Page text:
With their soulful eyes, big, toothy grin, zest for life, and unconditional love, dogs are wonderful companions. But, of course, they're not perfect, and some have a few little quirks.
Take, for example, dogs who eat poop! Officially known as coprophagia, the act of eating poop — their own (autocoprophagia) or other dogs' (allocoprophagia), cats', and other animals' feces — is more common than you might think. It's typically behavioral, but can also be symptomatic of a medical problem or caused by dietary deficiencies.
How do you discover your dog is coprophagic?
Vigilant owners who closely supervise their dogs will catch their dog in the act the first time. Some only discover the behavior by chance, such as in the case of offensive breath or "disappearing" poop that's here today and gone tomorrow — except you didn't clean it up — your dog did. Then there's the big reveal amid a backyard BBQ party. Yikes!
Regardless of how you find out your dog is coprophagic, it's understandably a major turn-off and a huge concern.
There's help for coprophagia
Whether your dog partakes in a pungent snack now and then or on a regular basis, you're not alone. Let's explore this behavior that is repulsive to dog owners and not only widespread, but also quite "natural" in dogdom. And learn how to curb it.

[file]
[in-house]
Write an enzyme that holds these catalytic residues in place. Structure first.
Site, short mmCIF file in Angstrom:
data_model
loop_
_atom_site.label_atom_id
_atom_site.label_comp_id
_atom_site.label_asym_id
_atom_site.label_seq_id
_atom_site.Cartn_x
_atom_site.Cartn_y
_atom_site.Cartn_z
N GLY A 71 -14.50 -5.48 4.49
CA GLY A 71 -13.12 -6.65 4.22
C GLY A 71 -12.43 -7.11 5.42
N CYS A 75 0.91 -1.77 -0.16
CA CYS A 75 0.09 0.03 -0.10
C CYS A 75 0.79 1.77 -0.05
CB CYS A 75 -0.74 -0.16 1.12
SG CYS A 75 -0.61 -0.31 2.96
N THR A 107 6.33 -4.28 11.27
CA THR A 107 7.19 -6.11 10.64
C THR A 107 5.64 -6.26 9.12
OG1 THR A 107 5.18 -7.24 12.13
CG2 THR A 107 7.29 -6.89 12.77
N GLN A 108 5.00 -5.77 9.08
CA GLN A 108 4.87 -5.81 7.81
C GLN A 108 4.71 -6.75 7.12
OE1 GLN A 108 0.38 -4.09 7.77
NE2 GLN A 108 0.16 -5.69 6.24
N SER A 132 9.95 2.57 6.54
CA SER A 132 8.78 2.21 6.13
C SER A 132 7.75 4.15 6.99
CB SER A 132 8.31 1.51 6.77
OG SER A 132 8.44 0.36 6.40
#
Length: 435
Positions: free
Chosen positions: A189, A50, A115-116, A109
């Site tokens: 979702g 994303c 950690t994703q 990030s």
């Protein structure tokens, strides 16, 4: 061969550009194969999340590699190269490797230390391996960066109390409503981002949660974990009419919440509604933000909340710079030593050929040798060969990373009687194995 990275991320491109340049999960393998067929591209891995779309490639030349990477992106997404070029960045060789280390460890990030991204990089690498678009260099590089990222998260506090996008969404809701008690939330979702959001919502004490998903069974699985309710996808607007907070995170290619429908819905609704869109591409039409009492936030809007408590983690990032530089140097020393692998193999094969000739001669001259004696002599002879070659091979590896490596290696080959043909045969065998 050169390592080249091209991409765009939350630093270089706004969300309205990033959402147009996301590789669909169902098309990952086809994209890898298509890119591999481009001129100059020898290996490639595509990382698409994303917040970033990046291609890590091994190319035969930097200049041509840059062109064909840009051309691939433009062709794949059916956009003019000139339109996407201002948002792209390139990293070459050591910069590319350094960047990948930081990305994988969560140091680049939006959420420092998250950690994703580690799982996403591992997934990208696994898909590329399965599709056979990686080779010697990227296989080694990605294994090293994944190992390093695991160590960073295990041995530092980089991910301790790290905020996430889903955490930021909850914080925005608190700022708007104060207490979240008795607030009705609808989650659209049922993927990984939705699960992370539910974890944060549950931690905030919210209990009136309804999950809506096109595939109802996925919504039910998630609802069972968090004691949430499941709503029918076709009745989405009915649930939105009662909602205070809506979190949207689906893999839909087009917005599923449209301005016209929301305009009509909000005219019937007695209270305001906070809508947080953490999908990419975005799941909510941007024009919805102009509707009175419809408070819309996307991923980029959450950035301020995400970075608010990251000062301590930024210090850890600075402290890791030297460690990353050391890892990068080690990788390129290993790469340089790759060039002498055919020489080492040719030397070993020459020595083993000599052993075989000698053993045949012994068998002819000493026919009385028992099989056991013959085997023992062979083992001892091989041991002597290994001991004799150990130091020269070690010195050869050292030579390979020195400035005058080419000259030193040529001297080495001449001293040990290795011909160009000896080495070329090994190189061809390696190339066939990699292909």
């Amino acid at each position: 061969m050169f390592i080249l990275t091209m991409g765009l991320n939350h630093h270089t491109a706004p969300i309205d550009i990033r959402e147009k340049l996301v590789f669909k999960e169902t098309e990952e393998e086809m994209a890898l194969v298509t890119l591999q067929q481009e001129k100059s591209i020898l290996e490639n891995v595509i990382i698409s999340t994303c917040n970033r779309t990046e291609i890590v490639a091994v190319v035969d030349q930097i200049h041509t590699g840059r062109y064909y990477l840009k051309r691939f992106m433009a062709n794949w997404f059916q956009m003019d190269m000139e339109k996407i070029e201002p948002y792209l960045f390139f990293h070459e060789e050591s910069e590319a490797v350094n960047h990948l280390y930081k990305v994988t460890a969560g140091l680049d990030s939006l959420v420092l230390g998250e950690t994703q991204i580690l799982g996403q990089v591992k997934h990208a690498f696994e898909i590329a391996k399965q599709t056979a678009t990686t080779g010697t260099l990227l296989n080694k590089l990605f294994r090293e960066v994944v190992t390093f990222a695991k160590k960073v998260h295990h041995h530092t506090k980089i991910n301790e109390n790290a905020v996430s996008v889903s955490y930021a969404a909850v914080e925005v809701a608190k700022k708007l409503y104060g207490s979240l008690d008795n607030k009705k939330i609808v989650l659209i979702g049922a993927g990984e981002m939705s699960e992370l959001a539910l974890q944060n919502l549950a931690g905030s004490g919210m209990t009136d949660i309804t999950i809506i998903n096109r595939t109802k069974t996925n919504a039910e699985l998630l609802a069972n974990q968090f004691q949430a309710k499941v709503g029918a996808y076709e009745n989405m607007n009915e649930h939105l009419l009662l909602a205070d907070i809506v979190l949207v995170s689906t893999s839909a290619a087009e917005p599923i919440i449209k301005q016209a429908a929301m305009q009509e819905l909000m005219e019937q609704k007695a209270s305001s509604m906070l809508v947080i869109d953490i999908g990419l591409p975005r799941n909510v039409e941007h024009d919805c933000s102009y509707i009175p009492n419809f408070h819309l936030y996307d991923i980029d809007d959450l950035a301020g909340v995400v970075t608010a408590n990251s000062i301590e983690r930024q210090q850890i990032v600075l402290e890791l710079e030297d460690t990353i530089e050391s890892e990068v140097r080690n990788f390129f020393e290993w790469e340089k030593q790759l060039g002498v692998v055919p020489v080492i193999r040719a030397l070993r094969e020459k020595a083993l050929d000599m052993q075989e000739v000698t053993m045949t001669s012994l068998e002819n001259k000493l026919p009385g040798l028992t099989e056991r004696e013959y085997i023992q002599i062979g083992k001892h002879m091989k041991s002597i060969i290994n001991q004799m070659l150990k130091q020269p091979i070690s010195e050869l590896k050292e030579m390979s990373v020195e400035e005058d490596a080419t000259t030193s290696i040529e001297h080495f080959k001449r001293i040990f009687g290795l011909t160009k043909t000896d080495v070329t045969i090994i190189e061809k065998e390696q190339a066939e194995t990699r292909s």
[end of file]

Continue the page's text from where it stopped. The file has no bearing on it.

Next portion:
When you dig into the murky details of coprophagia and consult with your vet, you'll know whether your dog's coprophagia is behavioral, psychological, driven by a lack of some dietary nutrient, or if it is symptomatic of a serious medical issue that needs further investigation and treatment. If it's purely behavioral, you'll learn how to manage, and eliminate it.
Why do dogs eat poop?
The experts agree there's not one reason to explain why dogs are coprophagic. Firstly, eating poop is quite normal for some dogs and puppies. In the first few weeks of a puppy's life, mom stimulates her babies to go to the bathroom, then cleans up after them. Sometimes, a puppy will follow suit and begin eating poop. Puppies may also eat stools in the course of exploring their world. And many pups enjoy frozen stool, not so fondly known as poopsicles, which they may bat around and play with before gulping down. Puppies generally stop this behavior when they're about nine months old.
A female adult dog without puppies may begin cleaning the yard of her waste akin to a dam consuming her pup's waste to keep the birthing nest clean. This can easily become habit-forming if not nipped in the bud.
Here's a few other facts about coprophagia from the American Kennel Club that you never wanted to know:
- Coprophagia is more common in multi-dog households.
- Coprophagic dogs prefer stool that is less than two days old.
- Females are the most likely to eat poop while
intact males are the least likely.
- Only 15% of dogs eat their own feces while 85% of
coprophagic dogs eat another dogs' poop.
- Dogs who steal food off counters or are generally greedy eaters are more likely to eat poop.
When medical and dietary issues are to blame for coprophagia